With expanding economies and hundreds of million Muslims, Africa deserves to be a bigger part of Islamic finance. After a slow start, there are signs the sector is beginning to gain the crucial mass and legislative backing it needs. Senegal's CFAFr 100 billion ($200 million) debut last June was Africa's biggest,ever sovereign sukuk, attracting both local and international buyers. South Africa followed in September with a $500 million 5.75-year deal that was only the third-ever sukuk issued by a non-Muslim majority country. Those in the industry argue that Africa's new-found visibility as a market for Islamic finance is long overdue.
After a slow start, there are signs Islamic finance is beginning to gain the crucial mass and legislative backing it needs in Africa. Amid a surge in sovereign debuts in the sukuk market last year, one region – perhaps unexpectedly – featured prominently: Africa. First to the market was Senegal, the biggest economy in sub-Saharan Africa with a majority Muslim population after Sudan. Its CFAFr100 billion ($200 million) debut last June was Africa’s biggest-ever sovereign sukuk, attracting both local and international buyers. South Africa followed in September with a $500 million 5.75-year deal that was only the third-ever sukuk issued by a non-Muslim majority country, according to Standard Bank, one of the lead managers.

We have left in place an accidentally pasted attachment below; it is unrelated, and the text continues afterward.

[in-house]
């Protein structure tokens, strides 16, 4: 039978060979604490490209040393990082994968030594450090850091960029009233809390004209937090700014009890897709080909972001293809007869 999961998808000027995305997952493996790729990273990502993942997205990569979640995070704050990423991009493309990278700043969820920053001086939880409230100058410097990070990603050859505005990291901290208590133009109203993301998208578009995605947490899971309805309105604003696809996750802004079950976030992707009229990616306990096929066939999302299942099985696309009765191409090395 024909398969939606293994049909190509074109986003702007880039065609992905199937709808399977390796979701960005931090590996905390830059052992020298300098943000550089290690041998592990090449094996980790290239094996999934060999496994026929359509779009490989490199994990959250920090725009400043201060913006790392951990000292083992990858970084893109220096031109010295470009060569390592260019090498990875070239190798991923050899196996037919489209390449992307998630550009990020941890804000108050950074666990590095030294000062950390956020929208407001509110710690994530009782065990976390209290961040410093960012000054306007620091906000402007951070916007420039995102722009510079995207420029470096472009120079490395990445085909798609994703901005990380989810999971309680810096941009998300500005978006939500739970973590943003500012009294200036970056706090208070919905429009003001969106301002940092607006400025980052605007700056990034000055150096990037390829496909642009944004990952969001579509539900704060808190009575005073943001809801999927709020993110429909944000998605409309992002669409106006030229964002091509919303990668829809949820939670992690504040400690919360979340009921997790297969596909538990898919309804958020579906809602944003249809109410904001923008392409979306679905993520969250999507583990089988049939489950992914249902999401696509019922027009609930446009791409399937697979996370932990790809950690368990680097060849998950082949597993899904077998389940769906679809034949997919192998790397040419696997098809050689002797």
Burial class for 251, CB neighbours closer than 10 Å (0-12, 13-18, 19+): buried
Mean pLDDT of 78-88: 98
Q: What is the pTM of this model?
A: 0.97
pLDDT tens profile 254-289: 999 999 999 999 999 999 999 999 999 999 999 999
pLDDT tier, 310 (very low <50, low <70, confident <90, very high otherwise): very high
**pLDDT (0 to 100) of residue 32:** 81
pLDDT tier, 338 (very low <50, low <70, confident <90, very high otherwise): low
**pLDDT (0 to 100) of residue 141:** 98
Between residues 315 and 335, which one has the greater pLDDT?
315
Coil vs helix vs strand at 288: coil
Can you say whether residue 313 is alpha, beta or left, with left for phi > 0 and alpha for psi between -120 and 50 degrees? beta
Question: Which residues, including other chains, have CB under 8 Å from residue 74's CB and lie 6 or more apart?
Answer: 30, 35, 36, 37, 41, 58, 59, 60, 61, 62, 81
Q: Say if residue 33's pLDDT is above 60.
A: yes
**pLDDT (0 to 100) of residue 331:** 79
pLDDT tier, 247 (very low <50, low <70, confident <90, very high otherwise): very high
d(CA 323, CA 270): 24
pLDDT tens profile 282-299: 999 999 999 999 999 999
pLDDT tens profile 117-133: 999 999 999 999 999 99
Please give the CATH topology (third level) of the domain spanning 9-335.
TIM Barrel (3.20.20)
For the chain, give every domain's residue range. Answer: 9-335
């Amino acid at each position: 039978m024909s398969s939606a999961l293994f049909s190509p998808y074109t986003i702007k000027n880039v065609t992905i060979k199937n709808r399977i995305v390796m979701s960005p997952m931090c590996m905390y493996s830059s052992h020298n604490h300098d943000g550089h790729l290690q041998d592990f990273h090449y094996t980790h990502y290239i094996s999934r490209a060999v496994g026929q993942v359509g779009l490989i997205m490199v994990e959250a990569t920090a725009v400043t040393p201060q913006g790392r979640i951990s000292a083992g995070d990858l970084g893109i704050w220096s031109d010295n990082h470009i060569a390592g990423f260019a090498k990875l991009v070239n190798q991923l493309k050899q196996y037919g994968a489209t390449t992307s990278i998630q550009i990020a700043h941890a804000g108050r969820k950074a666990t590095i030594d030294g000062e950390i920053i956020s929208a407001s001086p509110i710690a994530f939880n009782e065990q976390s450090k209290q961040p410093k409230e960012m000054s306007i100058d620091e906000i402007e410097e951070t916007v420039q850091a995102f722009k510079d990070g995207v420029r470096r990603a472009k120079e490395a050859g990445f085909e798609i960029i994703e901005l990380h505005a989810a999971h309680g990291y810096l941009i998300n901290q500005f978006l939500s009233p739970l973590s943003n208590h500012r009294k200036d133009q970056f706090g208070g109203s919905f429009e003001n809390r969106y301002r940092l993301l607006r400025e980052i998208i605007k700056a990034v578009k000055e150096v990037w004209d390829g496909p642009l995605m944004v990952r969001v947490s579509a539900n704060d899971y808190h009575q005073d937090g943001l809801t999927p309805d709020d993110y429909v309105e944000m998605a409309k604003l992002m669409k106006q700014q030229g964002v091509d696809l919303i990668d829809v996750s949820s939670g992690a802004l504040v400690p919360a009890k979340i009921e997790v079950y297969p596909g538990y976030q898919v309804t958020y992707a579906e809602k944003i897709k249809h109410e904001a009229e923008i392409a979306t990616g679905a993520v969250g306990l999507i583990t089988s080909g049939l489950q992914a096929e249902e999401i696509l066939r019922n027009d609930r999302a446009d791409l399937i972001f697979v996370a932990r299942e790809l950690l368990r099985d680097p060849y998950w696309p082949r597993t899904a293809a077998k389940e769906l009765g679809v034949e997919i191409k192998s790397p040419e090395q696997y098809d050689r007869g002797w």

International banks used to dominate Islamic finance. But their desire to innovate risked the market straying from its principles. Local and specialist firms have benefited from their withdrawal. Clearly there is immense growth potential. Nevertheless, many multinationals abandoned the field. At any of the innumerable Islamic finance conferences in the mid-2000s, one could more or less be guaranteed to see a familiar cast of characters onstage. The most likely would be a man who was not actually a Muslim: Geert Bossuyt, a Belgian who was the head of structuring for the Middle East at Deutsche Bank. Deutsche was a pioneer in Islamic structuring; for a period of three years it was a dealmaker and structuring brains trust without compare, even if some of its ideas, culminating in the deeply technical double wa’d, really did stretch the spirit of Islamic finance.
Bank Asya’s problems – withdrawal of deposits by individual and corporate investors, the wiping out of profits, the dramatic fall in share price – have apparently nothing to do with the way the bank is run. They have everything to do with a politically-motivated vendetta against the bank by Turkey’s president, Recep Tayyip Erdogan. A year on, Bank Asya continues to operate under the leadership of a former senior member of Turkey’s respected banking supervisor, the BDDK, which has tried to remain impartial to Erdogan’s machinations. But the battle for Bank Asya remains a cloud over the Turkish banking sector. Banks that do business in Turkey should tread with caution.